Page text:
Saturday, July 21, 2012

Two new Kiwi Corkers

Goldie and the Three Penguins by Chris Gurney, illus. Sarah Nelisiwe Anderson, Scholastic NZ
One of the latest titles in the popular  Kiwi Corkers series, this hardback book presents an amusing and ultra-modern take on Goldilocks and the Three Bears. Goldie sets off to buy a jelly-tip ice-cream but is lured by the smell of fish and chips to the house of the three Penguins.  When she eats the meal of Chick Penguin, she says, “My oh my, that was really kapai!” This mantra is repeated throughout the story as Goldie tries out the chairs and the beds. Everyone can guess the ending – Goldie runs back to the loving arms of her mother. Children who know the original story (and are favourably inclined towards movie-style penguins) will enjoy the inter-textual links. The rhyming text is fairly demanding to read aloud but should be entertaining if read with panache. The illustrations are lively, intriguing and very modern – using a style that combines  a semi-comic-book format with digital painting and digital collage. Goldie’s snarls of blonde wool hair provide an interesting motif (and of course her mum has the same). Best for primary-aged children.
ISBN 978 1 77543 043 8 $18.50 Hb
The Frog Footie Player by Chris Gurney, illus. John Bennett, Scholastic NZ
Another Kiwi Corkers title, this is a very New Zealand version of The Frog Prince. Youngsters might not know the original story as well as they know the Goldilocks one, but it’s still an entertaining read. Kiri’s lost rugby ball is returned to her by a frog called Archie. All he wants in return is to watch rugby on TV with a pillow and some chocolate fish. Kiri isn’t keen, but her dad says she must keep her promise. In the excitement of watching the game, Kiri gives Archie a kiss – and he turns into an All Black!!! The cartoon-style pictures are suitably bright and friendly, done using Corel Painter. Primary-aged boys will enjoy the rugby theme – and girls are likely to enjoy the rugby-mad heroine.

ISBN 978 1 77543 057 5 $18.50 Hb

Reviewed by Lorraine Orman

Sunday, July 8, 2012

Two excellent books published by Random

Young Adult Novel

The Nature of Ash by Mandy Hager, Random House NZ

This excellent author has followed up her successful futuristic trilogy with an exciting, fast-moving thriller for teens, also set in a future New Zealand. But the timeframe of this novel isn’t as distant as the one in the trilogy – it’s a New Zealand very recognisable to our current generations, with a few nasty political developments thrown in. Ashley’s life turns to chaos when his father (a trade unionist) is killed by a bomb. He has to take responsibility for his younger brother Mikey, who has Downs Syndrome, and also for his grandmother who has dementia and lives in a rest-home. To add to his confusion, he discovers that his long-lost mother is still alive, but caught up in a terrorist group called Muru. Ash sets off to locate and confront his mother at the Muru secret hideaway, along with Mikey and two other teen friends. Their expedition ends in disaster and they only just escape with their lives. Further developments reveal that Ash and his friends are being used as pawns in a game controlled by much more powerful players. The plot races on relentlessly, the characters are believable, and the New Zealand of a few decades from now is chillingly credible. I couldn’t put the book down. Recommended for teens, especially boys.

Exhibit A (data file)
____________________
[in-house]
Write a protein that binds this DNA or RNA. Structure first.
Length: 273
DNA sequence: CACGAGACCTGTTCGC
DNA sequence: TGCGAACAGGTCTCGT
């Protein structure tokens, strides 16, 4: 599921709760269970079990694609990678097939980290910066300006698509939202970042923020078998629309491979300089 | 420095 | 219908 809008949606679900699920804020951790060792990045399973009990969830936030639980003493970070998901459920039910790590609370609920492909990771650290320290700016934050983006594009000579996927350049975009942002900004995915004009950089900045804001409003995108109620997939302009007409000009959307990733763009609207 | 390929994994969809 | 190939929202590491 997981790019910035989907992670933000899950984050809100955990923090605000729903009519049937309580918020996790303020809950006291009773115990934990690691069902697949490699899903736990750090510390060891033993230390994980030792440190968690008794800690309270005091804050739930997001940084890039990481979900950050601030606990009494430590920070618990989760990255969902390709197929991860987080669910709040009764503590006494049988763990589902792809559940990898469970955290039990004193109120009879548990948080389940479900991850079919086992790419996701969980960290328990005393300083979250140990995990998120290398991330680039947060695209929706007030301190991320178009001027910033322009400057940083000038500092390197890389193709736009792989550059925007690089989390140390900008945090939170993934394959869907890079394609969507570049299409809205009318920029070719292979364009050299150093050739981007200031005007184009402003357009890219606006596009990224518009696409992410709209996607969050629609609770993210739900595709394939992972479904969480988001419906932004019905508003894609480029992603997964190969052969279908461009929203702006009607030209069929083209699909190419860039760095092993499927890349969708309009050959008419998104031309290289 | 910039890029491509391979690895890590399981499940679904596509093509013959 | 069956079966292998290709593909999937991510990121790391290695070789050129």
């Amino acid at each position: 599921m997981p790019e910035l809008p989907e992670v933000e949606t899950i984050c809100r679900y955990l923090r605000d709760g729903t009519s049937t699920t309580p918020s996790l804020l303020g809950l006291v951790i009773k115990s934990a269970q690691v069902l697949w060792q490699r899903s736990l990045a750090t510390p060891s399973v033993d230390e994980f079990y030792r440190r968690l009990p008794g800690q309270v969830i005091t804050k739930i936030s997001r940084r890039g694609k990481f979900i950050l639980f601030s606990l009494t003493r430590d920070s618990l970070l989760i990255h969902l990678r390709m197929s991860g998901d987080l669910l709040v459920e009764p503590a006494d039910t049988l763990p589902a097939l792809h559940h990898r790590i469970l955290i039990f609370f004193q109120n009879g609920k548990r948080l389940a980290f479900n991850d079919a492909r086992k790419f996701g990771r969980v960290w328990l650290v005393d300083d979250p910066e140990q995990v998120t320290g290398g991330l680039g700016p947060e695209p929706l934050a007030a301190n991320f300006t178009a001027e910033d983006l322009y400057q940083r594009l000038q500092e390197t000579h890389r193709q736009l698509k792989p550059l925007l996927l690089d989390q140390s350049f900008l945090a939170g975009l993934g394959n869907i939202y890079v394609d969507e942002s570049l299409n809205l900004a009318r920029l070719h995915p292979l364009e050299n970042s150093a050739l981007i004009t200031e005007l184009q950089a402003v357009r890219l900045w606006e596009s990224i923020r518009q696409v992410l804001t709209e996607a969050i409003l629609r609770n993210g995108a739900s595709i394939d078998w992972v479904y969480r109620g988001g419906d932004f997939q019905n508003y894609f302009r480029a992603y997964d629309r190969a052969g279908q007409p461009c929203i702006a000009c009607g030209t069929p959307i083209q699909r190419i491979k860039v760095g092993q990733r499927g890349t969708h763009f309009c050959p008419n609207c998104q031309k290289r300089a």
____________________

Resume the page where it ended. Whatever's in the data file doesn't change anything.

Teacher notes here and read an extract here
ISBN 978 1 86979 903 8 RRP $19.99 Pb

Junior Novel

Red Rocks by Rachael King, Random House New Zealand
Having lived in Wellington, I am familiar with the coastline where Rachael set this story, and must congratulate her for using the landscape so well to create the wild and slightly threatening atmosphere. I also admired her initiative in creating a New Zealand version of the old selkie legend. The story is interesting and mysterious – and extremely well-written. Jake enjoys wandering the wind-swept beaches and rocks, but his life changes dramatically when he discovers a sealskin hidden in a rocky cleft and takes it home. He subsequently encounters several strange characters – an old man who lives in a hut on the beach, a beautiful and forlorn woman who wanders the roads, and a fey girl called Jessie who is obviously a selkie. Jake’s father meets the woman, brings her home and falls under her spell - literally. Jake realises that things are spinning out of control – if he doesn’t act quickly, dire events will happen. Because of its magical overtones, I suspect the story will appeal more to intermediate-aged girls than to boys – but you never know... Oh yes, congratulations to the publishers for producing such an eye-catching cover.

Teacher notes here and read an extract here

ISBN 978 1 86979 914 4 RRP $19.99 Pb
Reviewed by Lorraine Orman